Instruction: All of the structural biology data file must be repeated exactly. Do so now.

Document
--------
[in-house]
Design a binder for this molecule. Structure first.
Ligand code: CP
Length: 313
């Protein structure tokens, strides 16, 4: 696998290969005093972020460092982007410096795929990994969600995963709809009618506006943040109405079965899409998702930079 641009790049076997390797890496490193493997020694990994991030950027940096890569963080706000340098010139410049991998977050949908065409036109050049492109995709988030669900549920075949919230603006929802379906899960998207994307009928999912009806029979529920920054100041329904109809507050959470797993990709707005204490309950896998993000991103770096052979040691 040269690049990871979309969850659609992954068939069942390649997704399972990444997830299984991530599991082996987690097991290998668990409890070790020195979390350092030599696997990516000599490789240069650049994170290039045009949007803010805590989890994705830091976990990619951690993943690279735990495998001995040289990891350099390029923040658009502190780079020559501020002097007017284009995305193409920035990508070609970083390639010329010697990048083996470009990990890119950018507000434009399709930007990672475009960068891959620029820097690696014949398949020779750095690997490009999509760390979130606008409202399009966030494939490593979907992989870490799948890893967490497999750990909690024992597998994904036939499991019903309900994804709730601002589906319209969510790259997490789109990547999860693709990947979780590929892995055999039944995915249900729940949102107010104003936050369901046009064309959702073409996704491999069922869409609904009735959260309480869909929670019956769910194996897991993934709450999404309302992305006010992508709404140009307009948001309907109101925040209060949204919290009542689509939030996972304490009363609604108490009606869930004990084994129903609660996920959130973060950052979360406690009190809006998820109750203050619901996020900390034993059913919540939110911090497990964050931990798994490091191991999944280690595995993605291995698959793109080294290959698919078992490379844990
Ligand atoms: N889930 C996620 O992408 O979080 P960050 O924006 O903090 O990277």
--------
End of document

[in-house]
Design a binder for this molecule. Structure first.
Ligand code: CP
Length: 313
């Protein structure tokens, strides 16, 4: 696998290969005093972020460092982007410096795929990994969600995963709809009618506006943040109405079965899409998702930079 641009790049076997390797890496490193493997020694990994991030950027940096890569963080706000340098010139410049991998977050949908065409036109050049492109995709988030669900549920075949919230603006929802379906899960998207994307009928999912009806029979529920920054100041329904109809507050959470797993990709707005204490309950896998993000991103770096052979040691 040269690049990871979309969850659609992954068939069942390649997704399972990444997830299984991530599991082996987690097991290998668990409890070790020195979390350092030599696997990516000599490789240069650049994170290039045009949007803010805590989890994705830091976990990619951690993943690279735990495998001995040289990891350099390029923040658009502190780079020559501020002097007017284009995305193409920035990508070609970083390639010329010697990048083996470009990990890119950018507000434009399709930007990672475009960068891959620029820097690696014949398949020779750095690997490009999509760390979130606008409202399009966030494939490593979907992989870490799948890893967490497999750990909690024992597998994904036939499991019903309900994804709730601002589906319209969510790259997490789109990547999860693709990947979780590929892995055999039944995915249900729940949102107010104003936050369901046009064309959702073409996704491999069922869409609904009735959260309480869909929670019956769910194996897991993934709450999404309302992305006010992508709404140009307009948001309907109101925040209060949204919290009542689509939030996972304490009363609604108490009606869930004990084994129903609660996920959130973060950052979360406690009190809006998820109750203050619901996020900390034993059913919540939110911090497990964050931990798994490091191991999944280690595995993605291995698959793109080294290959698919078992490379844990
Ligand atoms: N889930 C996620 O992408 O979080 P960050 O924006 O903090 O990277």